| The Detroit News
Rod Beard on the Pistons trading Derrick Rose to the Knicks
The Pistons agreed to trade Derrick Rose to the Knicks for Dennis Smith Jr. and a 2021 second-round pick.
Rod Beard, The Detroit News
Breaking up is hard to do, but this was the way the Pistons and Derrick Rose had to end.
There wasn’t any arguing or acrimony or sitting out.
The two sides agreed that it was time to part ways and the Pistons did good by Rose to send him to a desirable destination — and what better place could there be than with former coach Tom Thibodeau and the New York Knicks?
The two teams agreed to terms on a trade that sends Rose to the Knicks for point guard Dennis Smith Jr. and the Charlotte Hornets’ 2021 second-round pick.
It’s a mutually beneficial deal, as the Pistons get some assets in return for Rose, who is on the last year of his contract. The Knicks get a veteran leader to help stabilize their ship for a potential playoff run.
Exceeding expectations, the Knicks are 11-14 and holding on to the eighth spot in the Eastern Conference, just two games from the No. 5 seed. That’s significant, given that they’re building on their young core, the same way the Pistons are, but with a good start to the season, they’re in a position to act on it.
The Rose trade does that, with minimal risk.
Now, it’s time to move forward.
Forward for Rose means the 32-year-old gets a shot at the postseason and in a familiar setting, with his former coach and likely a familiar role in coming off the bench. He can play on a big stage and help guide a young roster to the postseason.
Forward for the Pistons means doing more evaluation of their young pieces, which now includes Smith, who is just 23. He’ll get some playing time as the backup and at 6-foot-2, 205 pounds the uber-athletic guard can show that he still belongs in the NBA and not the G League, which is where he had requested to go, just to get some consistent minutes.
Since going to the Knicks in the Porzingis trade, Smith’s star has fallen, but if he can get anywhere near the 15.2 points and 5.2 assists he posted as a rookie, or the 14.7 points and 5.4 assists with the Knicks in the second half of the 2019 season, it’s a potential win for the Pistons.
This season, Smith has played in three games and has been toiling on the Knicks’ bench. A change of scenery could do him some good and provide the Pistons with some backcourt help, which has been sorely needed after rookie Killian Hayes’ injury that will cause him to miss most of the season.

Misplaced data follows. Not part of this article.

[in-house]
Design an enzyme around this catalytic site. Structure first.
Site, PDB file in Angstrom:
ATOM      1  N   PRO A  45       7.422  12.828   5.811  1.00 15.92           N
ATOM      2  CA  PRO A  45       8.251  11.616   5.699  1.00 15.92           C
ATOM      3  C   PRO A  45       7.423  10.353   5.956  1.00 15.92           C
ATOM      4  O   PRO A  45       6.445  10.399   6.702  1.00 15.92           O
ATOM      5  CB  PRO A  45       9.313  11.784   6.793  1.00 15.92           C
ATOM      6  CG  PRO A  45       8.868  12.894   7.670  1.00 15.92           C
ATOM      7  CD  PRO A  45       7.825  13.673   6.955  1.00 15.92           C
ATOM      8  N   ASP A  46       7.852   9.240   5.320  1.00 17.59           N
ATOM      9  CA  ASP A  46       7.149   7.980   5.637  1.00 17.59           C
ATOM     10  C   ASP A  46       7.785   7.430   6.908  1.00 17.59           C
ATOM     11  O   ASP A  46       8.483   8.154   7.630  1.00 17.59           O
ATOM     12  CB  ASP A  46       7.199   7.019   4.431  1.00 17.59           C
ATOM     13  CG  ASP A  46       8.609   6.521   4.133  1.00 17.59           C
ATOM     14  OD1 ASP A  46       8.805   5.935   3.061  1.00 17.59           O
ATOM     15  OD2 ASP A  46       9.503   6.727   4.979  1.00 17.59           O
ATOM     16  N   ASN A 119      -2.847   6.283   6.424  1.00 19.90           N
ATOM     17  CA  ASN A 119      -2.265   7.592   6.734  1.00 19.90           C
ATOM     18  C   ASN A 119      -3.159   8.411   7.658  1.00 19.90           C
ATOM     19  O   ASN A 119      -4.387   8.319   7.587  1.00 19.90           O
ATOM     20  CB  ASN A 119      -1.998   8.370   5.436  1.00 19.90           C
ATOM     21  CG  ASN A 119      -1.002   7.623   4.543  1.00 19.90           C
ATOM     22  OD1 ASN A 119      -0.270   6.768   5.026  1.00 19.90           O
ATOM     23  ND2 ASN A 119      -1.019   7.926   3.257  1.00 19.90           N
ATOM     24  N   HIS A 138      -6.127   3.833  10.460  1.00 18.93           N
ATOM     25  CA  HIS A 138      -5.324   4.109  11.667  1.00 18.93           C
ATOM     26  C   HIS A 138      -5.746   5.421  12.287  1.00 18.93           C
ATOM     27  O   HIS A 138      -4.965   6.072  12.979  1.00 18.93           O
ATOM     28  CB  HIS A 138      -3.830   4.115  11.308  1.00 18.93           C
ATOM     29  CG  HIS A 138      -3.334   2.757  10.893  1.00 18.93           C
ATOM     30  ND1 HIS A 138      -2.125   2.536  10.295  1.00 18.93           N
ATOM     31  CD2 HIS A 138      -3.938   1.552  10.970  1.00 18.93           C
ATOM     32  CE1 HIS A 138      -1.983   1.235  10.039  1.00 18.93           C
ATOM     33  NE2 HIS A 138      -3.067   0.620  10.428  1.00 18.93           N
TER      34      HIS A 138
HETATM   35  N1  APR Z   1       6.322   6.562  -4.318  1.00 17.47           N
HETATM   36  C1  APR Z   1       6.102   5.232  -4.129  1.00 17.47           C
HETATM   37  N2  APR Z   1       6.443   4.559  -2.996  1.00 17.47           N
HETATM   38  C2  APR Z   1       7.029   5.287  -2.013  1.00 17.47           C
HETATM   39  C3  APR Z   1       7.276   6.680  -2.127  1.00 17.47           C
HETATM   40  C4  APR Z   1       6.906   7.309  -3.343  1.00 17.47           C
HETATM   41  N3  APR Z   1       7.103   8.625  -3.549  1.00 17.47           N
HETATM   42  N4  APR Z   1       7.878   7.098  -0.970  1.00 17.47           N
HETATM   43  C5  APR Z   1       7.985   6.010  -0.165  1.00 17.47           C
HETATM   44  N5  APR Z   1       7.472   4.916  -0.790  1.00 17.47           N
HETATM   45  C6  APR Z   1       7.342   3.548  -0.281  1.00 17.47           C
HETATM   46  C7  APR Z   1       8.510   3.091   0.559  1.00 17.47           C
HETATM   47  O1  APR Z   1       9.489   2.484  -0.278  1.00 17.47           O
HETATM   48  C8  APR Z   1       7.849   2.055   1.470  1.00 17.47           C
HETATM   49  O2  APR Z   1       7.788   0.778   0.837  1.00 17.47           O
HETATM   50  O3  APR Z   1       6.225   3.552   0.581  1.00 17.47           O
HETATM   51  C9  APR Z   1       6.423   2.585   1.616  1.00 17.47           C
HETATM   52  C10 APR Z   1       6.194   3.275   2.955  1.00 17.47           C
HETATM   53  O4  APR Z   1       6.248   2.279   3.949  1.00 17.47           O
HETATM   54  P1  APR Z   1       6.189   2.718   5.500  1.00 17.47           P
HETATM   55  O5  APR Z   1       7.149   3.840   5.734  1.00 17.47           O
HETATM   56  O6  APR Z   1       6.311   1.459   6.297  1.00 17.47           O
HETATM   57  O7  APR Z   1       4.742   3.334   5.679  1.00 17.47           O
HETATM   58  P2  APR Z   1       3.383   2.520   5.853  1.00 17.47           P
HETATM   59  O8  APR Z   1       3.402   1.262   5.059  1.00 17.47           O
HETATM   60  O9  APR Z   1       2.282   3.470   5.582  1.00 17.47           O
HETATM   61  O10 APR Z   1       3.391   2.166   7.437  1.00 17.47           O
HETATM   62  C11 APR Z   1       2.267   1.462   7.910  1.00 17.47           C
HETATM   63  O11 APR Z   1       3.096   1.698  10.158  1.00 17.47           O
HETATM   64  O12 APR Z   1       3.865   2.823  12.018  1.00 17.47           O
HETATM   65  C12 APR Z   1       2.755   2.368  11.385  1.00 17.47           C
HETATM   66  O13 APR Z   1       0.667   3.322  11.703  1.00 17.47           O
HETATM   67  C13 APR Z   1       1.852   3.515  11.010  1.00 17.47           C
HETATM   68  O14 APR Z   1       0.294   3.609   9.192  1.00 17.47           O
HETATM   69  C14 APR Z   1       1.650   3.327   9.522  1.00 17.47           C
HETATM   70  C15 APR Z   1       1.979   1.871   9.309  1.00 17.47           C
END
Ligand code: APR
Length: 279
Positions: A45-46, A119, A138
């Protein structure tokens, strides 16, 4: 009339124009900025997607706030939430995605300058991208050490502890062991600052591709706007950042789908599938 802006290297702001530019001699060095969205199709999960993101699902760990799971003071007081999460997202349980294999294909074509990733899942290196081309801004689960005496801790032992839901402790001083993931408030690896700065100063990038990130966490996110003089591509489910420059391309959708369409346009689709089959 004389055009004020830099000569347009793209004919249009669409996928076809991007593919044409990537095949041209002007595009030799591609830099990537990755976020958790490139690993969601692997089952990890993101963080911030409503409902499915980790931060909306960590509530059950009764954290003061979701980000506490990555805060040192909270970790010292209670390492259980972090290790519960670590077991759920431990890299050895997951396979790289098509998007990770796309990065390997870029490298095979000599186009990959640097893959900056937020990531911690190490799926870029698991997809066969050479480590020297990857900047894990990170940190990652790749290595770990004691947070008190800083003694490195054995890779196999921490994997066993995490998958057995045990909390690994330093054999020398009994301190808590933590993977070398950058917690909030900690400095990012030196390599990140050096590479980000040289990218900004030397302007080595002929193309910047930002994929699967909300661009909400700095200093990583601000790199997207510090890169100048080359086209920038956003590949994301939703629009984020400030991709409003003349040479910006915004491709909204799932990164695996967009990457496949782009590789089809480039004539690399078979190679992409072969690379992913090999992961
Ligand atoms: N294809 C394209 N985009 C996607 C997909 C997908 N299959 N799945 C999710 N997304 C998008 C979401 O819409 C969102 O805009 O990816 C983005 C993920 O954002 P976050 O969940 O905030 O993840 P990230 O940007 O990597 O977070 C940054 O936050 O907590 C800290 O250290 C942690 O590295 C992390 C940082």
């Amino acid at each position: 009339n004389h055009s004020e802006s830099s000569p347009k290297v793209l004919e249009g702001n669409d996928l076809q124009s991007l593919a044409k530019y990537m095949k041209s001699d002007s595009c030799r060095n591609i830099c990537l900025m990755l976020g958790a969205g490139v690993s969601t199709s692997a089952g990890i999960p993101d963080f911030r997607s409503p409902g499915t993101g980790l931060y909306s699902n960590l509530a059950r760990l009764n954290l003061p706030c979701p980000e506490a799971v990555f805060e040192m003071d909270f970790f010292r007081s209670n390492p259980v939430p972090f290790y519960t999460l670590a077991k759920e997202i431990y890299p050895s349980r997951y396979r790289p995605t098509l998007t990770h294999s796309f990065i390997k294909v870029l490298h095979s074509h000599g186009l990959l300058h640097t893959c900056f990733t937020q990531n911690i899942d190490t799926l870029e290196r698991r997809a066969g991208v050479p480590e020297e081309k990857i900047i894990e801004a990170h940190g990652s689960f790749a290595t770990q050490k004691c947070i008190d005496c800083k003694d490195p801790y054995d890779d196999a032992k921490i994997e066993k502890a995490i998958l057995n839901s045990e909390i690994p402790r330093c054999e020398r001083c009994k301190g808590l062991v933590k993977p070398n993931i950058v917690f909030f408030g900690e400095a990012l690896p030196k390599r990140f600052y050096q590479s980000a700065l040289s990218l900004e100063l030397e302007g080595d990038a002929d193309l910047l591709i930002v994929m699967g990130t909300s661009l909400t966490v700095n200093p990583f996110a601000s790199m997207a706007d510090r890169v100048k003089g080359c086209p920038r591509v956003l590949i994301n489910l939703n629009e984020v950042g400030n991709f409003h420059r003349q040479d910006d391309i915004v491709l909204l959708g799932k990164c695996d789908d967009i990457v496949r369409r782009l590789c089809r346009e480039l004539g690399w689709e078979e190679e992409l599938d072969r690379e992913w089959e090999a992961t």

Smith is in the final year of his rookie contract, and at $5.7 million this year, his salary is $2 million less than Rose’s. If the Pistons see some potential in Smith, he could fit into the young core that includes Hayes, Isaiah Stewart, Saddiq Bey and Saben Lee, along with developing players Josh Jackson, Svi Mykhailiuk and Sekou Doumbouya.
In a dream scenario, Smith will play 50 games this season and have a real chance to make an impression. If the Pistons aren’t happy, they still have the draft pick, along with the savings in the salary cap, as benefits of the trade.
If things work out, he could blossom like Jackson is doing, resurrecting his career in a backup role and showing flashes of being a bigger contributor, such as his 28 points against the Lakers on Saturday night.
Gauging the pick
The second-round pick is from the Charlotte Hornets, who are just ahead of the Knicks in the standings, at 11-13. Ideally, the Pistons would be getting a higher pick, but for now, that pick looks to be in the high 40s or maybe in the low 30s at best.
The Knicks also hold the Pistons’ second-round pick, which projects at No. 31, as the Pistons have the league’s worst record, at 5-18. The Pistons also have the Toronto Raptors’ second-round pick, which is at 39 currently, but likely will dip as the Raptors start to find their footing.
What the Pistons showed in last year’s draft is that they’re not afraid to move picks and jump around to get players they covet, as they did with Bey, Stewart and Lee, doing multiple deals to get young players to accelerate the rebuild.
As new general manager Troy Weaver continues to evaluate the roster, he could use the newly acquired asset to pair with a player or with another pick to improve their standing in the draft, potentially jumping into the first round with an additional selection in what projects to be a draft with a deep talent pool.
After toiling as a perennial No. 8 seed, the Pistons are fully committed to a rebuild, with only three players — Blake Griffin, Doumbouya and Mykhailiuk — remaining from last season’s roster.
Best thing for everyone
Realizing that Rose still had value, the Pistons and Knicks reportedly had been in contact over the course of months on a potential trade package. The Pistons managed to turn nothing — signing Rose as a free agent — into something: a young player and a draft pick.
According to Vincent Goodwill of Yahoo! Sports, the Pistons had talked to other teams, including the Los Angeles Clippers and Milwaukee Bucks, about a trade. This likely was the best deal, and if the Pistons couldn’t get him to a title contender, the next-best thing was getting him a reunion with Thibodeau.
Although Rose had been a valuable mentor for Hayes, this is almost certainly the way things had to end, with a deal that yielded some additional future pieces to help the Pistons in the rebuild. The best approach is to gather as many young players as possible and see which ones rise with the opportunity.
No Rose, no apology.
It was going to end, and this is good for everyone.